An Exercise in Intentions: What the Congressional Committee targets tell us about 2012.
As was discussed in our WPA blog on Friday, the DCCC has released its first list of targeted races for 2012. The NRCC has also announced some seats targeted for pick-ups. One of the interesting things to me about these target lists is what they say about the beliefs of the smart people at the two about what the political dynamics of the 2012 cycle may be.
First, let’s look at the lists themselves. Here are the current Members that the DCCC has already disclosed it is targeting this cycle:
- Lou Barletta (PA)
- Charlie Bass (NH)
- Mary Bono Mack (CA)
- Ann Marie Buerkle (NY)
- Quico Canseco (TX)
- Steve Chabot (OH)
- Chip Cravaack (MN)
- Robert Dold (IL)
- Sean Duffy (WI)
- Renee Ellmers (NC)
- Blake Farenthold (TX)
- Mike Fitzpatrick (PA)
- Frank Guinta (NH)
- Joe Heck (NV)
- Jaime Herrera (WA)
- Randy Hultgren (IL)
- Pat Meehan (PA)
- Dave Reichert (WA)
- Jon Runyan (NJ)
- Steve Stivers (OH)
- Tim Walberg (MI)
- Joe Walsh (IL)
- Allen West (FL)
For the obvious reasons of needing to defend a majority and having won many of the more available seats in the historic 2010 elections, the NRCC has a shorter list of seats that have been publicly targeted so far:
- Jason Altmire (PA)
- John Barrow (GA)
- Ben Chandler (KY)
- John Garamendi (CA)
- Jim Matheson (UT)
- Mike Mcintyre (NC)
- Colin Peterson (MN)
- Nick Rahall (WV)
- Mike Ross (AK)
- Heath Shuler (NC)
That’s a lot of names between the two committees, but if we categorize the seats into three types of contests, some interesting patterns emerge. While some of these seats could be categorized several ways, I like thinking of them as being mostly:
- Redistricting plays: where a veteran lawmaker is running in a brand new district or significantly worsened district in 2012.
- Freshmen take-backs: where Democrats are targeting a Freshman who won a fairly narrow victory in 2010 and might have troubles in a different environment.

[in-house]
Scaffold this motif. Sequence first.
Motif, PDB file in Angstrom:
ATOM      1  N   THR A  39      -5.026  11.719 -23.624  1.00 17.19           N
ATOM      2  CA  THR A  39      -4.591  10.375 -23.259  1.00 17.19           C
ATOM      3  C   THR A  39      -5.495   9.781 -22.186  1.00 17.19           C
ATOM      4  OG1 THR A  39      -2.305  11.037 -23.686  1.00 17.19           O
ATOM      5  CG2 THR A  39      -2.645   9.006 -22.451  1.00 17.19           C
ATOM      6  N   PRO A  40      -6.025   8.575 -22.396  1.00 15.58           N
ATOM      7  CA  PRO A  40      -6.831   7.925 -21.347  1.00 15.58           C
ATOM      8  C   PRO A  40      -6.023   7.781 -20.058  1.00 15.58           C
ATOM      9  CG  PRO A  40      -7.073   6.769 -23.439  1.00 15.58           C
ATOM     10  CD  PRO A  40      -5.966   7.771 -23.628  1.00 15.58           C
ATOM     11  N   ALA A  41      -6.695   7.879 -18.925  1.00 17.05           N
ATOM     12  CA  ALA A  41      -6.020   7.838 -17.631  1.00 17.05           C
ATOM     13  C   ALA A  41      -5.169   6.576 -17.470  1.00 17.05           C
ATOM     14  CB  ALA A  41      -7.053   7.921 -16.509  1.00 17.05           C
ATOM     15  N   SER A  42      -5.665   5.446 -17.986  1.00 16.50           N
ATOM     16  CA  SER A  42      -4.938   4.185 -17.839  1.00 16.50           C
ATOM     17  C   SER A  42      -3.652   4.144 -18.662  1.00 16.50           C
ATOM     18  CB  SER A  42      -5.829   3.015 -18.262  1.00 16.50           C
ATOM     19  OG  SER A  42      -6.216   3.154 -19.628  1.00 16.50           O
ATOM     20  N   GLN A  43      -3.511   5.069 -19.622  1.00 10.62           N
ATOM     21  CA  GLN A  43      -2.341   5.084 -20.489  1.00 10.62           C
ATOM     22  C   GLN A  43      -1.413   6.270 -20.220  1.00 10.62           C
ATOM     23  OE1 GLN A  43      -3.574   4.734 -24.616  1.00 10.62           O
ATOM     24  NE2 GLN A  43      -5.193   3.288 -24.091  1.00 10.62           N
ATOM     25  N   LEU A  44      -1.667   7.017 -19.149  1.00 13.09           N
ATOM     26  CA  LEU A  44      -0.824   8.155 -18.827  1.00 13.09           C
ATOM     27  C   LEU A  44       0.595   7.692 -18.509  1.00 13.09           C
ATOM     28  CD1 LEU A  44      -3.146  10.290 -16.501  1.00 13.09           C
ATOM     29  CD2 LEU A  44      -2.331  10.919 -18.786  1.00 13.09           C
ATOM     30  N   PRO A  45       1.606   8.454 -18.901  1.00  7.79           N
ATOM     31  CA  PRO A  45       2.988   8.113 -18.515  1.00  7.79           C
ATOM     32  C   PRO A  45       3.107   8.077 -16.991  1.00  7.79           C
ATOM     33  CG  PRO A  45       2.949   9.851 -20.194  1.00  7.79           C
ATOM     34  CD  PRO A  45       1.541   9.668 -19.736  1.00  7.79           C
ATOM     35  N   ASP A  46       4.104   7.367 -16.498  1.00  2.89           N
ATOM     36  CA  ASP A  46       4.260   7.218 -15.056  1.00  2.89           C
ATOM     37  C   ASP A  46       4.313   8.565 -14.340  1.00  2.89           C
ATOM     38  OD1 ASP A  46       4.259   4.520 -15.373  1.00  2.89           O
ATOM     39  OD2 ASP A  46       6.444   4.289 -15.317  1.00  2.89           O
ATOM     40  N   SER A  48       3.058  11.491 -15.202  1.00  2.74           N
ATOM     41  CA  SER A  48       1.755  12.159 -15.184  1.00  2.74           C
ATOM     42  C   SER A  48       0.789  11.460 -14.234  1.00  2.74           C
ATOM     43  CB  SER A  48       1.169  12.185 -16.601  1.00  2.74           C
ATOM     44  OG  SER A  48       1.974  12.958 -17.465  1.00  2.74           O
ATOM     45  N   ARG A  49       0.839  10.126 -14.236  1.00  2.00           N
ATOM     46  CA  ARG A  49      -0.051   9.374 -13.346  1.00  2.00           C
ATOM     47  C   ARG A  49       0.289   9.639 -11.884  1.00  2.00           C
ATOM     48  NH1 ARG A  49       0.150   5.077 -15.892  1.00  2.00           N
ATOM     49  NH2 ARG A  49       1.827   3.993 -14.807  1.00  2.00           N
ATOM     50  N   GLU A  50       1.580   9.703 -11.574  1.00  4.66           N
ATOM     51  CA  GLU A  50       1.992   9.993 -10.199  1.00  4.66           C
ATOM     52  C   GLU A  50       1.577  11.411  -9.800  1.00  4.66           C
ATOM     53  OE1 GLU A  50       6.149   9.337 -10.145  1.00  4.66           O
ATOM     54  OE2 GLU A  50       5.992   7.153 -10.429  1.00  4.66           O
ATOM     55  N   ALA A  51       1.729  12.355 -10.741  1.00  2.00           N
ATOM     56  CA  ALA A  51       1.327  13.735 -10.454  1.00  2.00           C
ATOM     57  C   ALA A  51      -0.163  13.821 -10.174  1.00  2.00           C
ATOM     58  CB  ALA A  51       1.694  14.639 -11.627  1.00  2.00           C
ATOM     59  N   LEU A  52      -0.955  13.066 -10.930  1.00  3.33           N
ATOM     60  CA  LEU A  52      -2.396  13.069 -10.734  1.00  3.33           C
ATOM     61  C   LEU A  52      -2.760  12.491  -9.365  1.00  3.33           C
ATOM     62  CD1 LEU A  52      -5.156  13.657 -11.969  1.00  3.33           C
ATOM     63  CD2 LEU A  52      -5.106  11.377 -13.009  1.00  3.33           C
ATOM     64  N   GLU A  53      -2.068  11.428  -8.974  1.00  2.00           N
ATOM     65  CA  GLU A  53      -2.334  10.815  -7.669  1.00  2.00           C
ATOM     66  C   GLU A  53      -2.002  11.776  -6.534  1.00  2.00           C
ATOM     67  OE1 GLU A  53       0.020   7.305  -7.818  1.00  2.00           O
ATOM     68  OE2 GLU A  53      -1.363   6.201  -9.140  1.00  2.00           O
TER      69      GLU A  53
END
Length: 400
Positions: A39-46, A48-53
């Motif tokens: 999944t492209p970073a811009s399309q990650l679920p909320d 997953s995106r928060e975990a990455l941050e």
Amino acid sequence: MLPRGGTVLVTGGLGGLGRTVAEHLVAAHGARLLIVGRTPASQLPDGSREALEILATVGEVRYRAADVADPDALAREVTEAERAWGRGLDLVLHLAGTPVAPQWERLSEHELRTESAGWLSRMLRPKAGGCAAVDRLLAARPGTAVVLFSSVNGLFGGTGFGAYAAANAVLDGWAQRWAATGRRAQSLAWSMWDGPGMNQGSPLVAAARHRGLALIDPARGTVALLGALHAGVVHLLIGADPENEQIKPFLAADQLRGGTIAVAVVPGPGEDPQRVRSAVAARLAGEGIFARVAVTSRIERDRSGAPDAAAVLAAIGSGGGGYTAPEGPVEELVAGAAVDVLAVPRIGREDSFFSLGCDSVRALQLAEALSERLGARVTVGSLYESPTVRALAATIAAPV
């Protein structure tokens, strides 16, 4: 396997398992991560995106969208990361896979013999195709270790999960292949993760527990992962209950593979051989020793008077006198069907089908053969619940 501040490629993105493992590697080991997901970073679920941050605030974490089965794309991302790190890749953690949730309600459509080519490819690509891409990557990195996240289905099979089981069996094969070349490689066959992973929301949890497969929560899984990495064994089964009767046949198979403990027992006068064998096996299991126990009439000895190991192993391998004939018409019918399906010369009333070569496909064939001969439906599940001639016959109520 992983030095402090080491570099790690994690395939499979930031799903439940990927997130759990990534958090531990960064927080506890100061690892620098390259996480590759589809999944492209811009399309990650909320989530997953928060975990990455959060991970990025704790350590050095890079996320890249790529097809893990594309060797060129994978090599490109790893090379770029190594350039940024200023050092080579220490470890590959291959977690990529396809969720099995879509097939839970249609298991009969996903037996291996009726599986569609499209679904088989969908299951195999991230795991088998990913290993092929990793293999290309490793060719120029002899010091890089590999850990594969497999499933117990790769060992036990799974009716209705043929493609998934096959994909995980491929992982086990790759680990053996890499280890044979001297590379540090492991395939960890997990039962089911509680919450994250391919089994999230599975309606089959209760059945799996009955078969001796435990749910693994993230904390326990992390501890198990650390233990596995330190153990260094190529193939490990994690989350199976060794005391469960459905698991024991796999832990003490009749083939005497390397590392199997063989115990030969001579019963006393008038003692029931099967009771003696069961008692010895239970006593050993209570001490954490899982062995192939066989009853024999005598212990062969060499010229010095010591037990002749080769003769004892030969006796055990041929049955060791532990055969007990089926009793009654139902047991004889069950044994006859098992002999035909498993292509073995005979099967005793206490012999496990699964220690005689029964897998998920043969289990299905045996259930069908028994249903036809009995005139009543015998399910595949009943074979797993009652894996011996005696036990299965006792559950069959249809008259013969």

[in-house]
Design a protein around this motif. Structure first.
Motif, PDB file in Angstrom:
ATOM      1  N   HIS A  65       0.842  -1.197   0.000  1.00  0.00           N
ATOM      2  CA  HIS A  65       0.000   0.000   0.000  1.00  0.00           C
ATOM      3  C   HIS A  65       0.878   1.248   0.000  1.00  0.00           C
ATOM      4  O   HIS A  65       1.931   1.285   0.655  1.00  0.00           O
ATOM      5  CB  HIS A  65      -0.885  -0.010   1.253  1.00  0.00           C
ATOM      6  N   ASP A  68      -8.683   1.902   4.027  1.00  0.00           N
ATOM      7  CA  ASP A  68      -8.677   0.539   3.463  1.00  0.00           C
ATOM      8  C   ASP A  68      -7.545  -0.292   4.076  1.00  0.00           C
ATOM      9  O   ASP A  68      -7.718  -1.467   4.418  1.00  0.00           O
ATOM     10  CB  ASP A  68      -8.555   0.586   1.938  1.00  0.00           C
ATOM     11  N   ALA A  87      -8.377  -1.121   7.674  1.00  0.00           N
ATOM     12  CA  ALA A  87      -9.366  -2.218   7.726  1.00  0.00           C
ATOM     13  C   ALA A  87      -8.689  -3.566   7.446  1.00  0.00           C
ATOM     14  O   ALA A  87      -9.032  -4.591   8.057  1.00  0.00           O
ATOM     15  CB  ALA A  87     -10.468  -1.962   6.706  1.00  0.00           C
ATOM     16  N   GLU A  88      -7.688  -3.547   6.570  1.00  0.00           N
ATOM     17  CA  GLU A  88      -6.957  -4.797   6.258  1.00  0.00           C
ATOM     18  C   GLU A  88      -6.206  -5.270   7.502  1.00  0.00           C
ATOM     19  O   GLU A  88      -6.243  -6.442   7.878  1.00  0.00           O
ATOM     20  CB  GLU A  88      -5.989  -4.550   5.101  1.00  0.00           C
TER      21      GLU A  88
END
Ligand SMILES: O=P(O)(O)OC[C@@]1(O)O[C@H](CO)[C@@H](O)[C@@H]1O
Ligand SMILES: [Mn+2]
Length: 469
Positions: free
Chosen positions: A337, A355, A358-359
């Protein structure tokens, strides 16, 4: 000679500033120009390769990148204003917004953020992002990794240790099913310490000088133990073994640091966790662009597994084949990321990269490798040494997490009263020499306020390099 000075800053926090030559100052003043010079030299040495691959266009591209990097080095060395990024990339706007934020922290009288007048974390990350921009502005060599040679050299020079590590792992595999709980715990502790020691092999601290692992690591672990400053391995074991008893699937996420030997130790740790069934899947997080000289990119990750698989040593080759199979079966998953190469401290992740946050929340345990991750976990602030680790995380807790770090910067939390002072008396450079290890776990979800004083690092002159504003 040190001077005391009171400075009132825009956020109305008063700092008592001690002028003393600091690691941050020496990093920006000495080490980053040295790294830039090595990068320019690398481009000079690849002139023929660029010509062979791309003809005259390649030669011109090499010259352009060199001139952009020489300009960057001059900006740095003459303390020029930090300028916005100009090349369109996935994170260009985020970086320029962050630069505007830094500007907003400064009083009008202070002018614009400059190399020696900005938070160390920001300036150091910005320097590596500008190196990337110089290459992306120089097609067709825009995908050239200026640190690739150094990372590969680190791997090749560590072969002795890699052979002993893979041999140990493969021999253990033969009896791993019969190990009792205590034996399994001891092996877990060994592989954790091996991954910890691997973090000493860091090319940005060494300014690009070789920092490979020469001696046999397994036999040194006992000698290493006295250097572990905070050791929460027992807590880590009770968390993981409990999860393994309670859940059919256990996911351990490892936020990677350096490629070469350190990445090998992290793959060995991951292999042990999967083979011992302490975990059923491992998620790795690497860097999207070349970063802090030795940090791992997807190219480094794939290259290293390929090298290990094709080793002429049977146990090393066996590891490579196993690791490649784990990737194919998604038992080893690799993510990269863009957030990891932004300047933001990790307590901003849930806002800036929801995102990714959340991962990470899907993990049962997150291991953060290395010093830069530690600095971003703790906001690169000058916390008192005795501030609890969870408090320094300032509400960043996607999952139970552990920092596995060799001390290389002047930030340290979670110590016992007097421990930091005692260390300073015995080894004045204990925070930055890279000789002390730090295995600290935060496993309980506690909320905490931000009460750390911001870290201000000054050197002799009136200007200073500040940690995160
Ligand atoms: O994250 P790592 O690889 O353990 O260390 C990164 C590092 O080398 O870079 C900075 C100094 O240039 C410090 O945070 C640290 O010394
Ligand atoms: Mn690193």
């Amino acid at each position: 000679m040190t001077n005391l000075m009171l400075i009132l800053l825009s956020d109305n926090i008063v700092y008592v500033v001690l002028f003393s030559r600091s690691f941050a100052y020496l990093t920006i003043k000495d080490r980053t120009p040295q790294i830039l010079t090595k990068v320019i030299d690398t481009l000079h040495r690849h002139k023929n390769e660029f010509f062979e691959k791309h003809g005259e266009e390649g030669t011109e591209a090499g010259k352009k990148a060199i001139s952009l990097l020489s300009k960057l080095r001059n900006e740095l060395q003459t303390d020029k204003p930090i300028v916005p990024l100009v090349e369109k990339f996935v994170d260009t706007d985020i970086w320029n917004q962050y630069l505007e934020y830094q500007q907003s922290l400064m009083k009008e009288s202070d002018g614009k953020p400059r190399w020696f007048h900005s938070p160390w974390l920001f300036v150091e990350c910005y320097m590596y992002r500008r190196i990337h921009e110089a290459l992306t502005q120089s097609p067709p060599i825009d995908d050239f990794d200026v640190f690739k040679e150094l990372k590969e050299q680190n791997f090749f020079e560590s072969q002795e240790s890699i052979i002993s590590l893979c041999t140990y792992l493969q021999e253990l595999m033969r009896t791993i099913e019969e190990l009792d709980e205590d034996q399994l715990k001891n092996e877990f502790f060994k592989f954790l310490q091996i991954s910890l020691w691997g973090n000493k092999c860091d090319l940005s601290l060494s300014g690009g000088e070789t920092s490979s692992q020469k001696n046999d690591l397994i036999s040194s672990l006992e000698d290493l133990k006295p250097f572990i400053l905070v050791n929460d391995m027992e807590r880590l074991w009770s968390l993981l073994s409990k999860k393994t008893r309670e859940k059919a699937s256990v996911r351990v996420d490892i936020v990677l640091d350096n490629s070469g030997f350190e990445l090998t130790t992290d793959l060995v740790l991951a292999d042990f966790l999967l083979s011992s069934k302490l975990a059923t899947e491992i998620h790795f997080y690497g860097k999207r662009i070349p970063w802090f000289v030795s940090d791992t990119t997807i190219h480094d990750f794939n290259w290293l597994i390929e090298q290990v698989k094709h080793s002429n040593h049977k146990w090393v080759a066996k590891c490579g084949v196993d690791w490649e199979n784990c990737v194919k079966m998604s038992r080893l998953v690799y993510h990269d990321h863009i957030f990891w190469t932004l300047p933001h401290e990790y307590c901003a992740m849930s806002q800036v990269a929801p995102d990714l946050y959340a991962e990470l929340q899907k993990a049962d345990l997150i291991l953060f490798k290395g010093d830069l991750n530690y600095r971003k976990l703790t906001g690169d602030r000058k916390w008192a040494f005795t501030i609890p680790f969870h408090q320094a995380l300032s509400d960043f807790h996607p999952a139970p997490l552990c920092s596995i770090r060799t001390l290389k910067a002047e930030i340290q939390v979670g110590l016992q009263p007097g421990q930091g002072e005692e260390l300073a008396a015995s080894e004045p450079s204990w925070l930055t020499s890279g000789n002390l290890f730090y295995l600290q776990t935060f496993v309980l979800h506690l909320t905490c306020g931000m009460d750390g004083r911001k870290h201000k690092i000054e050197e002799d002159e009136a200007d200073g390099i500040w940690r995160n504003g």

- Transitional seats: Democrats in seats that favored McCain in 2008 and Republicans in seats that favored Obama in 2008. Many of these seats are on the “wrong side” of long-term regional re-alignments.
There’s obviously some judgment being used here and we could argue some of the districts into two of the categories, but in a general sense this defines the lay-of-the land going into 2012. Looking at this list, some immediate conclusions become clear:
- Despite Republican dominance in State Legislatures, Democrats are doing well in the re-districting process when it comes to opening up new pick-up opportunities.
- This is partly a result of Republicans having to reinforce their newly acquired seats, but it also shows how a few states like Illinois and California can really shift the impact on re-districting.
- Democrats are not very optimistic about re-gaining a large percentage of the seats they lost in 2010.
- While they are targeting a number of Freshmen, they are relying almost as heavily on re-districting for opportunities as they are on simply re-fighting 2010 campaigns.
- Given the extent to which 2010 was a campaign about Obama and his record, this lack of optimism about a presidential year seems like the right answer for Democrats.
- The long-term trends in political re-alignment still have some benefits to offer Republicans.
- Many of the Republican targets are Appalachian Democrats.
- Aaron Blake of the Washington Post pointed out earlier this week that while Democrats have basically lost the suburban and rural South, they still hold a number of Appalachian seats in otherwise conservative areas.
- Republican strategy for further gains is largely staked on reversing that “bubble.” In a future blog, I’ll look more at what might be going on in Appalachia and how Republicans might be able to break the Democratic hold on this area.